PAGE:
Likewise, Origen of Alexandria (184-253) one of the greatest Christian writers of all time, wrote: “And now it is plainly manifest that many differences of the copies have occurred either from the laziness of certain scribes, or from the wicked recklessness of some, or from those neglecting improvement of the writings, or also from those who either add or omit supposing in themselves to improve it. Some altered the original text of the gospel three of four times over.” (Contra Celsum II.27; Origen, Commentary on Matthew 15.14)

Similarly, according to Christian historian Eusebius of Caesarea (260-340 A.D.), Pope Victor I (190 AD), declared: “They have not feared to corrupt divine Scriptures, they have nullified the rule of ancient faith, they have not known Christ, they do not inquire what the divine Scriptures say, . . . . For this cause they did not fear to lay hands on the divine scriptures, saying they had corrected them.” (Ecclesiastical History)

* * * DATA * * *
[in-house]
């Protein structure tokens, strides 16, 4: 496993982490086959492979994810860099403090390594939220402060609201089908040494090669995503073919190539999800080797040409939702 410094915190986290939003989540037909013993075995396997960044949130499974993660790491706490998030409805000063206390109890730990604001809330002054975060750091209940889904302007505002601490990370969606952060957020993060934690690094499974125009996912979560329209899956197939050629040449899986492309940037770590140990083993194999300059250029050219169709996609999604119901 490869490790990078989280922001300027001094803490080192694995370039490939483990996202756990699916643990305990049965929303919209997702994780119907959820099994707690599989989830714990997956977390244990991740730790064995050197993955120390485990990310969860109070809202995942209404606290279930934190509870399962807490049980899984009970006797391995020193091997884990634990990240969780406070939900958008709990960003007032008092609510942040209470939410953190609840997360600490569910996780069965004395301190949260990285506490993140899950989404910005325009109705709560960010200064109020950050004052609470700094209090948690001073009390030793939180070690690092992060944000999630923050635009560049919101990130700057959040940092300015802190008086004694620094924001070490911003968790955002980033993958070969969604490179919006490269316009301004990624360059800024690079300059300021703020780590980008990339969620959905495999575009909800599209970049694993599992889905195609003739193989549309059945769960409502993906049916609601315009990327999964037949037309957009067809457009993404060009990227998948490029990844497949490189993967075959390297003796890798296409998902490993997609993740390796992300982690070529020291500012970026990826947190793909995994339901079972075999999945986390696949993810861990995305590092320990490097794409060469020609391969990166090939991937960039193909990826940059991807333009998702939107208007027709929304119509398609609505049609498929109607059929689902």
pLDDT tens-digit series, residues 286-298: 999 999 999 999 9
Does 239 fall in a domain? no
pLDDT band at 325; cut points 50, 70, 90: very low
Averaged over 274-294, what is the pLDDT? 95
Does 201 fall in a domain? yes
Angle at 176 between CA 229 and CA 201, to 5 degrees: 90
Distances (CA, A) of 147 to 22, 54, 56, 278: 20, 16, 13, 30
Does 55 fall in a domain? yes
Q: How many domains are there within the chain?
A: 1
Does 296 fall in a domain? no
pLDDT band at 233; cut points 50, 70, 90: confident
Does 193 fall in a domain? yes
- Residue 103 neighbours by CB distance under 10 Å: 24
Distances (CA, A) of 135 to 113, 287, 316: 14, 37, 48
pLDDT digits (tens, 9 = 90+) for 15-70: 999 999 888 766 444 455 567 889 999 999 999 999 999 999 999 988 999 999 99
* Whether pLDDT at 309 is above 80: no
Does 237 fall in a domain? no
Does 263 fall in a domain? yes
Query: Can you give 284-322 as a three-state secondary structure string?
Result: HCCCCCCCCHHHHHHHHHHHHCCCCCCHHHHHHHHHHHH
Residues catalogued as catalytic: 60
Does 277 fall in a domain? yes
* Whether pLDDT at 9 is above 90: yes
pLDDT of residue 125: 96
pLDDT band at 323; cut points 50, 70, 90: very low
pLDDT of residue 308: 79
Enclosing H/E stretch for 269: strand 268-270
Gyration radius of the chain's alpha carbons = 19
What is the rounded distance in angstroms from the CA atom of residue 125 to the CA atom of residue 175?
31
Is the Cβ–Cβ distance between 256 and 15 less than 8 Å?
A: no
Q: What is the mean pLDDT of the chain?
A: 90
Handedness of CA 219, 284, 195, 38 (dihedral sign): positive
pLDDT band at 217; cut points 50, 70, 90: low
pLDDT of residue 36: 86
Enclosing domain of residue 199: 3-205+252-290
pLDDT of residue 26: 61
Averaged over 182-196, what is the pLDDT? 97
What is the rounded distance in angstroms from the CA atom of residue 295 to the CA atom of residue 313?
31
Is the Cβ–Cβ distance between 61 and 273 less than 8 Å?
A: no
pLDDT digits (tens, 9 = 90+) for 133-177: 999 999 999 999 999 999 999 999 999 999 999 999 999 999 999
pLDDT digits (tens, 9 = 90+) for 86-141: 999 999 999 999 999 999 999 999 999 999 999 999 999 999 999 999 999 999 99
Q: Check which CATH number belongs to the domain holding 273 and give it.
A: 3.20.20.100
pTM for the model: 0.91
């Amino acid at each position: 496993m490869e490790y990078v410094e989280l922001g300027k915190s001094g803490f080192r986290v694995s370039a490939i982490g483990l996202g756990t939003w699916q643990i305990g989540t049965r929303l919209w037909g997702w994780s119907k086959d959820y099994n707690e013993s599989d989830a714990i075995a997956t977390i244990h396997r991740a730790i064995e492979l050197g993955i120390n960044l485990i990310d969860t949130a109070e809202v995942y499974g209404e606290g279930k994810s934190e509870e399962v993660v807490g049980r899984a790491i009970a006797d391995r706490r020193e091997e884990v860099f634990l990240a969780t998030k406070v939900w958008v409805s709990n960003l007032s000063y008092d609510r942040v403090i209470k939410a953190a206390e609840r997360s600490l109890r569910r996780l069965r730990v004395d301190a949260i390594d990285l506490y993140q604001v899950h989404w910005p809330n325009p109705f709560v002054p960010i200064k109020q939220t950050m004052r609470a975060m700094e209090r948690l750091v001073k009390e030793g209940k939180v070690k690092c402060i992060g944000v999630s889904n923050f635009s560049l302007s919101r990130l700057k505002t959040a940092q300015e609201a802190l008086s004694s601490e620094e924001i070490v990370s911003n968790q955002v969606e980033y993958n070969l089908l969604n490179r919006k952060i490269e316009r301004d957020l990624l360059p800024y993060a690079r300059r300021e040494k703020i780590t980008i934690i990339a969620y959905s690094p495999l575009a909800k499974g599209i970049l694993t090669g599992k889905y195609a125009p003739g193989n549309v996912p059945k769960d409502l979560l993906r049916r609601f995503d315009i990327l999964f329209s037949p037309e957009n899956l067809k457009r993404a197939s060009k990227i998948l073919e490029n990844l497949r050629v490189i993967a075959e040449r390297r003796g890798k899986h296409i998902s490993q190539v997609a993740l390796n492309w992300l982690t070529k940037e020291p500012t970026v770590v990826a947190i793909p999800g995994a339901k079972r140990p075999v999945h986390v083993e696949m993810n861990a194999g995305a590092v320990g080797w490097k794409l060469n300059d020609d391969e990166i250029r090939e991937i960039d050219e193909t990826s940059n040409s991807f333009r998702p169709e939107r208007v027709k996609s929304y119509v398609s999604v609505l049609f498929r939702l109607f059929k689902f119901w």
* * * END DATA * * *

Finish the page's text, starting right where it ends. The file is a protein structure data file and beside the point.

Joseph Smith was right. I once read a Bible dictionary that observed that the New Testament manuscripts had “over 125,000 textual differences, although most are considered minor.”  

Self-Contradictions in the Bible

As early as 1860, William Henry Burr published, “Self-Contradictions of the Bible.”  This book lists 144 contradictory verses side by side 

One Contradiction: God is Seen, yet God is Invisible and Cannot be Seen

  • And I will take away my hand, and thou shalt see my backparts. (Ex. 33:23.)
  • And the Lord spake to Moses face to face, as a man speaketh to his friend. (Ex. 33:11.)
  • And the Lord called unto Adam, and said unto him, Where art thou? And he said, I heard thy voice in the garden, and I was afraid. (Gen. 3:9, 10.)
  • For I have seen God face to face, and my life is preserved. (Gen. 32:30.)
  • In the year that King Uzziah died, I saw, also, the Lord sitting upon a throne, high and lifted up. (Is. 6:1.)
  • Then went up Moses and Aaron, Nadab and Abihu, and seventy of the elders of Israel. And they saw the God of Israel. . . . They saw God, and did eat and drink. (Ex. 24:9, 10, 11.)

  • No man hath seen God at any time. (John 1:18.)
  • Ye hath neither heard his voice, at any time, nor seen his shape. (John 5:37.)
  • And he said, Thou canst not see my face; for there shall no man see me and live. (Ex. 33:20.)
  • Whom no man hath seen nor can see. (1 Tim. 6:16.)

(Of course, Joseph Smith reconciled these inconsistencies when he explained that no mere mortal cannot see God and live, unless “transfigured” and “quickened by the Spirit.”)